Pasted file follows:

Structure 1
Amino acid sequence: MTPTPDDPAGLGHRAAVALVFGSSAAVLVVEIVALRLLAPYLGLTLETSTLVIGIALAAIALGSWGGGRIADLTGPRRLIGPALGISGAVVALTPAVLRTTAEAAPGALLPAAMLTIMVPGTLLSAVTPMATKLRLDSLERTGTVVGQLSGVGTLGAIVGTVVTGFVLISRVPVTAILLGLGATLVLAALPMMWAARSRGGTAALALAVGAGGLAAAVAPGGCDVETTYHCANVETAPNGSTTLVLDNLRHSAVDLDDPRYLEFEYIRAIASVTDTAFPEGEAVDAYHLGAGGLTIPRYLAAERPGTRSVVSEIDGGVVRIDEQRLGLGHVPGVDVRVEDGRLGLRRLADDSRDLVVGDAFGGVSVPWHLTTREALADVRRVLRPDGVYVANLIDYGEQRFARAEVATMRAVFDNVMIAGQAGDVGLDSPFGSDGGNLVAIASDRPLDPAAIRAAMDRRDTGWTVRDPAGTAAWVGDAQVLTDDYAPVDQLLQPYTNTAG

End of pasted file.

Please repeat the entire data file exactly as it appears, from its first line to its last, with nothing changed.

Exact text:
Structure 1
Amino acid sequence: MTPTPDDPAGLGHRAAVALVFGSSAAVLVVEIVALRLLAPYLGLTLETSTLVIGIALAAIALGSWGGGRIADLTGPRRLIGPALGISGAVVALTPAVLRTTAEAAPGALLPAAMLTIMVPGTLLSAVTPMATKLRLDSLERTGTVVGQLSGVGTLGAIVGTVVTGFVLISRVPVTAILLGLGATLVLAALPMMWAARSRGGTAALALAVGAGGLAAAVAPGGCDVETTYHCANVETAPNGSTTLVLDNLRHSAVDLDDPRYLEFEYIRAIASVTDTAFPEGEAVDAYHLGAGGLTIPRYLAAERPGTRSVVSEIDGGVVRIDEQRLGLGHVPGVDVRVEDGRLGLRRLADDSRDLVVGDAFGGVSVPWHLTTREALADVRRVLRPDGVYVANLIDYGEQRFARAEVATMRAVFDNVMIAGQAGDVGLDSPFGSDGGNLVAIASDRPLDPAAIRAAMDRRDTGWTVRDPAGTAAWVGDAQVLTDDYAPVDQLLQPYTNTAG